Details are still emerging of the 22 victims of the terrorist attack in Manchester, of the children, teenagers and adults whose lives were cut short when a suicide bomber detonated his device in the foyer of Manchester Arena on Monday night (22 May).
At last count, a further 116 people were reported injured, many seriously, and countless concert-goers will struggle to process the traumatising experience for years to come.
Now a survivor of 2015’s terrorist attack in Paris has penned an open letter to offer words of hope to the many witnesses, friends and family members who might feel lost in the coming days.
Writing in The Guardian, music journalist Kelly Le Guen recalls how on the night of 13 November, gun-wielding terrorists stormed an Eagles of Death Metal gig in the Bataclan music venue, killing 89 people.
She describes how, terrified, she and others barricaded themselves in a dressing room they’d found, refusing to move even when the police tried to get in – and how that decision saved their lives because the ‘policeman’ turned out to be one of the gunmen.
However despite the shocking, disturbing and traumatic nature of such an experience, in a moving essay Le Guen insists that there is hope for those affected by such attacks.
She writes: “In the immediate days after the Paris attacks, people were scared, sad, angry. Just like now. Which is, of course, totally comprehensible.
“But I want to tell you something that may seem hard to believe right now: it gets better.”
She goes to say that while it would be tempting, and understandable, to never put herself in a concert situation again, she has attended gigs since.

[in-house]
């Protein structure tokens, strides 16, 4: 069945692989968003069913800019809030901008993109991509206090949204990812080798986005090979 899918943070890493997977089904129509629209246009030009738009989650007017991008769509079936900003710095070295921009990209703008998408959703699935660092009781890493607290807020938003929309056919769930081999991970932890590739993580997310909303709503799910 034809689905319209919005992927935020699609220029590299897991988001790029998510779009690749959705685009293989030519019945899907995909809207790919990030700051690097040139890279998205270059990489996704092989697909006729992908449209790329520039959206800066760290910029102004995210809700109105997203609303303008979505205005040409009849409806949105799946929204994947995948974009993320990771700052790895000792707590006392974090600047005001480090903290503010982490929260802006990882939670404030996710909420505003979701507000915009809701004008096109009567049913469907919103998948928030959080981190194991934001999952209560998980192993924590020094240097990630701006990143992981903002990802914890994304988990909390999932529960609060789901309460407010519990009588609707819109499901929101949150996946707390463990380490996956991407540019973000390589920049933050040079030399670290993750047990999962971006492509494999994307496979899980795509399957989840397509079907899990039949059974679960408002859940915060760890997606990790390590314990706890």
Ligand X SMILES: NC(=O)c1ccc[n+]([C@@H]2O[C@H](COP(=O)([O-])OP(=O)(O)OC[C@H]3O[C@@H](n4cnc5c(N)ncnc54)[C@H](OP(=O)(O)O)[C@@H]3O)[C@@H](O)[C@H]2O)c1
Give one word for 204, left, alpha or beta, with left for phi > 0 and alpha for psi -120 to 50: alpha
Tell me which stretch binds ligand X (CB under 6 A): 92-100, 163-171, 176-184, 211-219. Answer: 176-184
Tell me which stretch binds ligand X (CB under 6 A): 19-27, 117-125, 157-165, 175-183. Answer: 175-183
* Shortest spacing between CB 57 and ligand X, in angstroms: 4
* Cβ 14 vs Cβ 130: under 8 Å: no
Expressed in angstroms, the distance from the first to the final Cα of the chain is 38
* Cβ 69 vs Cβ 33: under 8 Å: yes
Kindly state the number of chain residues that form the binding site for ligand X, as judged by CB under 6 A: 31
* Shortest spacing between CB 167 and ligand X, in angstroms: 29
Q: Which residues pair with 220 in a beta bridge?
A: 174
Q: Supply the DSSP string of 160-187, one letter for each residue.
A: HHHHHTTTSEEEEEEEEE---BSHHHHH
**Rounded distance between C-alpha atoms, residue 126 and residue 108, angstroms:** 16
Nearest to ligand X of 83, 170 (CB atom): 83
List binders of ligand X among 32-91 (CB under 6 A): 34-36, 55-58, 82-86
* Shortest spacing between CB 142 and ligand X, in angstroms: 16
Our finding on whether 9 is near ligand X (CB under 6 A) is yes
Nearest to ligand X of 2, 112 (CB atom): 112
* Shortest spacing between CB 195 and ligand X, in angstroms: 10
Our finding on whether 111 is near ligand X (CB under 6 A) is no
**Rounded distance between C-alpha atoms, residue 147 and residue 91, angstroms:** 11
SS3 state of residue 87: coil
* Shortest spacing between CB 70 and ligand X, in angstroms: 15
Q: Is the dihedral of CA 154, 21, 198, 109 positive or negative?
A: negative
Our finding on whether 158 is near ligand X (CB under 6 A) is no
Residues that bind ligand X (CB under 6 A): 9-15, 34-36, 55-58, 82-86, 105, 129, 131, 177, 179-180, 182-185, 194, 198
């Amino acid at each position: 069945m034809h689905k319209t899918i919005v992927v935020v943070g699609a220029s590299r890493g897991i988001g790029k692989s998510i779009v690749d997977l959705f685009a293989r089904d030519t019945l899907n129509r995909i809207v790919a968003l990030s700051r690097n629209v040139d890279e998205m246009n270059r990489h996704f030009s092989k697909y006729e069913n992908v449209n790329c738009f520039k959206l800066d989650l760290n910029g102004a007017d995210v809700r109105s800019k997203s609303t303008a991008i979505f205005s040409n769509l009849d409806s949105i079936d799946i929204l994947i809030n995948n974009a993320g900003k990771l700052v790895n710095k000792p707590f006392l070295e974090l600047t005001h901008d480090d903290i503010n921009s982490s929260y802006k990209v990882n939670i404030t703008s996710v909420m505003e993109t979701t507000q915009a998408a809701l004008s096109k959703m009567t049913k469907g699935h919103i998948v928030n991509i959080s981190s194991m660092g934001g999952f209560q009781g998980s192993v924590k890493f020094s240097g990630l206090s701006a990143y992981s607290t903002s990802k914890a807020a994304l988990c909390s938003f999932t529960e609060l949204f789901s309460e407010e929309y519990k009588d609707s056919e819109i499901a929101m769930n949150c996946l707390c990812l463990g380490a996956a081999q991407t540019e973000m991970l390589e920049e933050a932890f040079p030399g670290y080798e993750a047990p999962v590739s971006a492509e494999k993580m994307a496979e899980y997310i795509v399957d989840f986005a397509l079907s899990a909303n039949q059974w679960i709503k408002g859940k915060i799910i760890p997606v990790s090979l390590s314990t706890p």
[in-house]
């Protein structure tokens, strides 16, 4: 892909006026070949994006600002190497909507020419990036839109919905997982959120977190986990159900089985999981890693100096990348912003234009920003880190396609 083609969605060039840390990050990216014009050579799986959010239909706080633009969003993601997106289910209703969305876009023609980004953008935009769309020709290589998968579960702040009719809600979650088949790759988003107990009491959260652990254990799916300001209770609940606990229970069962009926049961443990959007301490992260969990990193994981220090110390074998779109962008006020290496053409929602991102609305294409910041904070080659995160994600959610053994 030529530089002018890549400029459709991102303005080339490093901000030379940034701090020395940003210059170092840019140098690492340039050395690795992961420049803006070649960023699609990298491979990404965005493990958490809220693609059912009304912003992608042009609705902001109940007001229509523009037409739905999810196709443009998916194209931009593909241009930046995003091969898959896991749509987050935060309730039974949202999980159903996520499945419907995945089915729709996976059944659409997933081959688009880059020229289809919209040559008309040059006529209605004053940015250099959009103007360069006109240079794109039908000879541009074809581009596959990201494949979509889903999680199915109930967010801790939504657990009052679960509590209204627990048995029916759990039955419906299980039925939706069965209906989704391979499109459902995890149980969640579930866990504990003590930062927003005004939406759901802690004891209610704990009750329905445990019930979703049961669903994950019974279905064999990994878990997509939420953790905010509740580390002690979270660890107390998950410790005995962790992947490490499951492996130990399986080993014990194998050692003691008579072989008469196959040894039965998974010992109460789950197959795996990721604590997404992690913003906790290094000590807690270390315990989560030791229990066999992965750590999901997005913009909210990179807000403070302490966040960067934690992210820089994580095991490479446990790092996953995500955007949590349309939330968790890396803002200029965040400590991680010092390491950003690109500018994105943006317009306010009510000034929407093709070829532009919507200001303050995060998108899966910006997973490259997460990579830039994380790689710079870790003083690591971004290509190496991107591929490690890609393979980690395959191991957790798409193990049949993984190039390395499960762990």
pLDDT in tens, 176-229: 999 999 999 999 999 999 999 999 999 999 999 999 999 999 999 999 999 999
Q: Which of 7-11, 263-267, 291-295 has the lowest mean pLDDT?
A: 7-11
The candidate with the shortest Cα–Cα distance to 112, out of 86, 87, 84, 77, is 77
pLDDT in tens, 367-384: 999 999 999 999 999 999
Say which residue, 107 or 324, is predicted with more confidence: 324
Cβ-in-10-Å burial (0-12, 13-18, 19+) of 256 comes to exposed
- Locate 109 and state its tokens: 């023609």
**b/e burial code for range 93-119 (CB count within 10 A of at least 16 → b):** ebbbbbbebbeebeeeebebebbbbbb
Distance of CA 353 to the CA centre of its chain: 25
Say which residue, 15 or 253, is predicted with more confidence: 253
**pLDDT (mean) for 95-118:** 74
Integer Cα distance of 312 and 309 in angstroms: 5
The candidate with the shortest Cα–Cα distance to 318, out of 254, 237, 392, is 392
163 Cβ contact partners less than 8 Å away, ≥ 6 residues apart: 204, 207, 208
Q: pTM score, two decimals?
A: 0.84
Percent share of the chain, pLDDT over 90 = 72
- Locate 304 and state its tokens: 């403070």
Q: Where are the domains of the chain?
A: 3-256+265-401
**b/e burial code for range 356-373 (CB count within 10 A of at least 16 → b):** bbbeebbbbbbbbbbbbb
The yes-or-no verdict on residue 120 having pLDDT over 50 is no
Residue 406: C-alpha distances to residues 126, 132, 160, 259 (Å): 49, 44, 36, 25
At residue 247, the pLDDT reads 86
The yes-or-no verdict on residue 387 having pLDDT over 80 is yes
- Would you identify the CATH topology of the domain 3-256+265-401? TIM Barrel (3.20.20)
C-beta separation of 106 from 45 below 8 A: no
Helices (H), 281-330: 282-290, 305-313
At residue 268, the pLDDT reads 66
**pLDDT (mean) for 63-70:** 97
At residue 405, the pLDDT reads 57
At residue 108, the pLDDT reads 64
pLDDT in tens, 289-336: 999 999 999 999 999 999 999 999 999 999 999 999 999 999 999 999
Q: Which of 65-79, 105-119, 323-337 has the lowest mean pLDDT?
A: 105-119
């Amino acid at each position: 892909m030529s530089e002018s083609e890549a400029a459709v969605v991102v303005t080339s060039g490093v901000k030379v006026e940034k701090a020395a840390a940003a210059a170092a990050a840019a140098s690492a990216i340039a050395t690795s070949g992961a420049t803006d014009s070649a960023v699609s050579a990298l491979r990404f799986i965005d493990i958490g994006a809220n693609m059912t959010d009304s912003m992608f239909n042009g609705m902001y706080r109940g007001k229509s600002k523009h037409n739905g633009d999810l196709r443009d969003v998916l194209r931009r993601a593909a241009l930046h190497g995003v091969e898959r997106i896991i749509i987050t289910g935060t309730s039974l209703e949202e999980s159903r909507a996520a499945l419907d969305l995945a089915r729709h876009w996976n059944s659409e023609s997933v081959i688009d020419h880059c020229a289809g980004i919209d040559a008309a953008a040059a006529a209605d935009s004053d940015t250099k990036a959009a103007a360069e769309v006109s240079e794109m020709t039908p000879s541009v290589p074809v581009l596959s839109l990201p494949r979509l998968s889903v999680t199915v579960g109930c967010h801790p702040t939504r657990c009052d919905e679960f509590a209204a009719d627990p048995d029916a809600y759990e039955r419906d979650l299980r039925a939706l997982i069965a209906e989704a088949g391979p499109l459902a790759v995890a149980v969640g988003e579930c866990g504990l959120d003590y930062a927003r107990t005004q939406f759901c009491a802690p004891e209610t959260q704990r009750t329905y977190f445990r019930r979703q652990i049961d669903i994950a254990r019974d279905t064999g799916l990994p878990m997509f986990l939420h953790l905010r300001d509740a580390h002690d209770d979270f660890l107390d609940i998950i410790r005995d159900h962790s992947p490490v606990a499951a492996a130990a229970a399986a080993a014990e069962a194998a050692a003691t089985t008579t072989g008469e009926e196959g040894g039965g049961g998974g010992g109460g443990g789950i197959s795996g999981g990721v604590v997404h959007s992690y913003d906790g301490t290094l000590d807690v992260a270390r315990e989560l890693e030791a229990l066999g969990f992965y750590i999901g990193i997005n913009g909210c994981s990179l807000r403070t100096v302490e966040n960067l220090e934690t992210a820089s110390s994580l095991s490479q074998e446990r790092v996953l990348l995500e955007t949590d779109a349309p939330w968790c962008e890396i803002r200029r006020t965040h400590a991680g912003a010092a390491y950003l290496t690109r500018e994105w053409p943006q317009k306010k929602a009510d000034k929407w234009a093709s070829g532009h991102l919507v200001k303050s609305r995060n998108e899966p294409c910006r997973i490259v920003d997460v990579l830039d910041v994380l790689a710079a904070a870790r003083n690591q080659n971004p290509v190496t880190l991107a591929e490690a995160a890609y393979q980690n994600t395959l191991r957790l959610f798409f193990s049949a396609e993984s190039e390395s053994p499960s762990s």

“I know that a lot of the survivors of the Manchester atrocity will feel this event will shape their whole lives from now on. That’s something I thought would happen to me too, at first. But then I decided that it would not.
“Music is my passion. It has been for many years, and I can’t imagine living without it […] It was absolutely impossible to kick that part of my life away after the attack. So I resolutely went to the first gig I had scheduled that wasn’t cancelled. And I’ve been to a lot more since, including at the Bataclan.
“Why? Because I love the venue, and I won’t let anyone take that away from me [...] hang on to the things you love and you live for. You want to kick away the bad stuff, not the good.”
She finishes by saying: “Focus on the good things, and surround yourself with good people.
“I know it might seem impossible to go to another live gig or concert if you experienced the terror of hearing the bomb at close range, or seeing things nobody should ever see. But I promise, if you manage to overcome your fear one day (and believe me that is possible), you have the potential to be the happiest person […] Even if it seems hard, it’s worth fighting for.”
The Manchester blast took place as crowds were streaming out following the end of an Ariana Grande concert. Given the former child star’s fan base, many of the attendees were young children and teenagers whose parents had accompanied them or were waiting to pick them up.
Two of the victims, Alison Howe, 45, and Lisa Lees, 47, were waiting in the foyer to pick up their daughters, while the youngest named victim, Saffie Rose Roussos, was just eight years old and was at the concert with her mum and sister, who were injured in the explosion.
Bereavement and charity organisations have acknowledged the fact that parents, relatives and teachers across the UK are facing difficult, upsetting conversations with the children in their care, and many have issued guidance, while the BBC collated advice from professionals on how to talk about terrorist attacks with children.
Read her letter in full here.
Images: Rex Features